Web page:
In the Make: Online Toolbox, we focus mainly on tools that fly under the radar of more conventional tool coverage: in-depth tool-making projects, strange or specialty tools unique to a trade or craft that can be useful elsewhere, tools and techniques you may not know about, but once you do, and incorporate them into your workflow, you’ll wonder how you ever lived without them. And, in the spirit of the times, we pay close attention to tools that you can get on the cheap, make yourself, or refurbish.
Since it’s Projects: Failure month, we figured it might be a good idea to cover some first aid in Toolbox, ’cause frequently, when projects fail, danger and injury go hand and hand. Here are a few suggestions for first aid kits and supplies to have on-hand.
Years ago, I contributed to Kevin Kelly’s self-published Cool Tools book. As “payment,” he sent me the Adventure Medical Fundamentals First Aid kit. I love it and it’s become the basis of our home and workshop first aid kit. It’s geared towards outdoor use (hiking, camping, and such), but with a few additions, it works great as an overall kit. Along with the tools, med supplies, and medications, it comes with an excellent first aid field manual. It’s all stored in a very compact, water-resistant zippered case. At an SRP of $110, this might seem like overkill, but it has pretty much everything you need for just about any type of emergency. If you do any camping, boating, hiking, long-distance cycling, long-trip car traveling, etc., it’s worth the price (and you can get it online for $87).
Here’s part of Kevin’s review on Cool Tools:
They appear to be expensive, but are really not when you tally up the costs of the components — most of which have a pretty long shelf life.
The kits from Adventure Medical Kits are highly praised in search and rescue fields. Expeditions carry larger versions. The case is hardy, lightweight, and quick to navigate through. An amazing amount of stuff is squirreled away inside, all easy to reach.
The kit I prefer, the AMK Fundamentals, contains a full spectrum of basic first aids, burn materials, CPR mouth barrier, scissors, tweezers, syringe, plenty variety of bandages, a SAMS splint (which I wish I had earlier when my wife broke her wrist), a decent small emergency medical book (Wilderness and Travel Medicine), and extra containers for personalized pill transport. With this kit you’d be prepared to handle most injuries a non-doctor could manage. It is rated for 1-8 people and is one of the more complete versions available.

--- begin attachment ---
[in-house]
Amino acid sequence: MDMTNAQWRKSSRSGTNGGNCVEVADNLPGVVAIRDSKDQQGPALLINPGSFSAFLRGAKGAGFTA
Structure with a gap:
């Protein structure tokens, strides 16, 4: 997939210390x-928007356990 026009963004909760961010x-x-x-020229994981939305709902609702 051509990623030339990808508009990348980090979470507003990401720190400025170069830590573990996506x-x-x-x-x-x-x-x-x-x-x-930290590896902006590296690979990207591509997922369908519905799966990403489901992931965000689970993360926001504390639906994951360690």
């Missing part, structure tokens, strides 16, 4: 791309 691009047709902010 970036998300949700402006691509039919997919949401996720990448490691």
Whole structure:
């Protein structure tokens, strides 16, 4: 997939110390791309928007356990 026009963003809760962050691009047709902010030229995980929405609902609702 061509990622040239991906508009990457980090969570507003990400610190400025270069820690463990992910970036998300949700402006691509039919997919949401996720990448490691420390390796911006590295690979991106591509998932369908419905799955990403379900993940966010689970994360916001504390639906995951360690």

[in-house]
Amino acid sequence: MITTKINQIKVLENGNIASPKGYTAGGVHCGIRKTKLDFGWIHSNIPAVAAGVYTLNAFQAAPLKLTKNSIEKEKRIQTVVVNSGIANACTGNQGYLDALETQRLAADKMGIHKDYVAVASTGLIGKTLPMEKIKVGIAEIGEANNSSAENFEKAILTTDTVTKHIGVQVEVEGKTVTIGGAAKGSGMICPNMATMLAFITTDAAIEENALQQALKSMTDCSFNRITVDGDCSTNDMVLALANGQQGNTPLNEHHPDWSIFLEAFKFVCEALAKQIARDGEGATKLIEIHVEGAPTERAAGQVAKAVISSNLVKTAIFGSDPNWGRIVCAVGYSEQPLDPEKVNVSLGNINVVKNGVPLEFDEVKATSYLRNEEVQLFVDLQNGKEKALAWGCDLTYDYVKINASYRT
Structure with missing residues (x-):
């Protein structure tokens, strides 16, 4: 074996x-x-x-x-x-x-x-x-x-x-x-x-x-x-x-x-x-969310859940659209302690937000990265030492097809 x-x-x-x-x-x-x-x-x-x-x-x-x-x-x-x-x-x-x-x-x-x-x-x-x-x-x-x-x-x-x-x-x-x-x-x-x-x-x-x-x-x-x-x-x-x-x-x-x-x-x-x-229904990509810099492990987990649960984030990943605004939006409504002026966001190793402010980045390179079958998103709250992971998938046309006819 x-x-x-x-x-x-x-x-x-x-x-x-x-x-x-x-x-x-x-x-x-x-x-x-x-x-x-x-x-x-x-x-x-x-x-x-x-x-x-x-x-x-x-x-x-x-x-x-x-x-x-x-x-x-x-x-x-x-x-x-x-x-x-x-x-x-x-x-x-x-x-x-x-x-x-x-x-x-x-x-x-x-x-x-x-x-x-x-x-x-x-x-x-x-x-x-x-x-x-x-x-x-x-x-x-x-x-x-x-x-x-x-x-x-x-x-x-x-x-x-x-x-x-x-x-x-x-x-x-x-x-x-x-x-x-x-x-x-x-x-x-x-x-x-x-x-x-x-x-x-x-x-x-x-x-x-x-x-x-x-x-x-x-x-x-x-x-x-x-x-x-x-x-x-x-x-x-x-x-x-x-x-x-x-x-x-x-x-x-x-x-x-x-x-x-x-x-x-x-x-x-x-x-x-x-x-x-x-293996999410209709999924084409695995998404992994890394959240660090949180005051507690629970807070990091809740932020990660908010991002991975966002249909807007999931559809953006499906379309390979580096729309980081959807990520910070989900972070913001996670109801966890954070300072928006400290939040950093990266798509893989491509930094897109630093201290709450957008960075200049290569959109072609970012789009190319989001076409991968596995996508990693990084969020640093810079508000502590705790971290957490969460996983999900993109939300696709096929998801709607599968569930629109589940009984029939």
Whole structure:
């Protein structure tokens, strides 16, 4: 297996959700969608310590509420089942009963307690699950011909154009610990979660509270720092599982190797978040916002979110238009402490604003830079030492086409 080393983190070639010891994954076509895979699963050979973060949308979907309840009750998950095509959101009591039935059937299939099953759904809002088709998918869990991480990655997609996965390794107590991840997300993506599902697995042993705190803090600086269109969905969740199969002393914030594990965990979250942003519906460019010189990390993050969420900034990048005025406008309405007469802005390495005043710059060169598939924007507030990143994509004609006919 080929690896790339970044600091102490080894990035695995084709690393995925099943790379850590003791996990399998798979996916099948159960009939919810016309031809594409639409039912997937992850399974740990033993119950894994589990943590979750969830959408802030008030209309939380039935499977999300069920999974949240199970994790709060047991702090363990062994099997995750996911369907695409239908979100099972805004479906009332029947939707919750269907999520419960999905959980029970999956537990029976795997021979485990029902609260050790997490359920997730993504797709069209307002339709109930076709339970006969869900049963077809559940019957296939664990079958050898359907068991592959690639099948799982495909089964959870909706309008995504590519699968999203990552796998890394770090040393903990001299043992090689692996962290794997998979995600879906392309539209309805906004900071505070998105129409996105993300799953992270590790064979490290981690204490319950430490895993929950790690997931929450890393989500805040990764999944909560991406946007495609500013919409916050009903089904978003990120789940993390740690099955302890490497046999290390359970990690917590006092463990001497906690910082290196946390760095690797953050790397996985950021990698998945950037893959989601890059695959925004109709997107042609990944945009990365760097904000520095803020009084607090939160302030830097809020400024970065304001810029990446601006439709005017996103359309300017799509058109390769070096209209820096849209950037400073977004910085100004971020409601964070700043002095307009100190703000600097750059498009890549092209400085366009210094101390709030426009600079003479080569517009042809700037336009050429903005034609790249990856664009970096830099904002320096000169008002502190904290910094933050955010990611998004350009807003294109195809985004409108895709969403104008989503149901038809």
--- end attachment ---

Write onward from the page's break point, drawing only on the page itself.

When I put the word out that I was looking for input on first aid, eye washing station was high on a lot of people’s list. As Riley Porter from HacDC writes:
I am getting this. Seems a bit big, but better safe than sorry.
Tom Lee suggest a cheaper, more basic…ah… solution.
Martin writes: For small cuts – Cyanoacrylate adhesive (aka Super Glue). My dermatologist recommended it and carries a little tube in his pocket.
Phil Stewart, of HacDC, had this excellent advice to offer:
I’d say you want four things for safety, one of which is the first aid kit:
1) Proper training in the use of shop equipment to ensure that care will be well guided. Avoidance is the best first defense.
2) Simple training for treatment of common injuries, with focus on injuries that require fast treatment (chemical and heat burns are foremost in my mind now, as I type with a scald wound on my left hand). Only with foreknowledge can treatment be speedy.
3) Proper safety equipment (full-coverage goggles etc.)
4) A well-equipped first aid kit –I’ll advocate for gauze bandages, medical tape, self-adhesive tape of the kind that can be removed without much force, such as Johnson & Johnson Hurt-Free Wrap. A variety of Band-Aid-style bandages is good. Fresh antibiotic ointment is good (I think). Burn ointment *not needed* — as first aid it can exacerbate a burn, if used while the skin requires cooling. (Your question is inspiring me to wonder if my present kit is complete. Hmm.)
A shower is de rigueur where any caustic chemicals are used. Not just desirable. If acids or strong alkali get in your clothing, it has to come off fast and be washed off fast, thoroughly, without regard to modesty.
A couple of related thoughts:
1) I’m a big fan of fire extinguishers. And familiarity with their use. If you’ve ever seen a mushroom cloud come up out of somebody’s fried prawn experiment and hit the ceiling, you might even agree with them. Or for that matter, if you’ve seen two families in ten years on your street spend Christmas homeless because of good cooking gone bad–fire engines lining your street and creating a slick of ice three hundred yards long by morning.
2) We live in an individualist society, but keeping a safety-conscious culture is necessary to safety. If the group using a lab dissuades dangerous practices, those practices will not get out of hand. Keep risks on the level of burning out a transistor or latching up an op amp–you know, the kind of risks you have to take to learn good design.
One of the cool things that come out of this discussion on the HacDC list is the possibility of organizing a first aid/CPR class for interested HacDC members.
Kevin’s Cool Tools site has additional reviews of first aid kits, extinguishers, safety and health tools in the Health section of the site.
What first aid equipment and supplies to you keep in your work area? Please share in the Comments.
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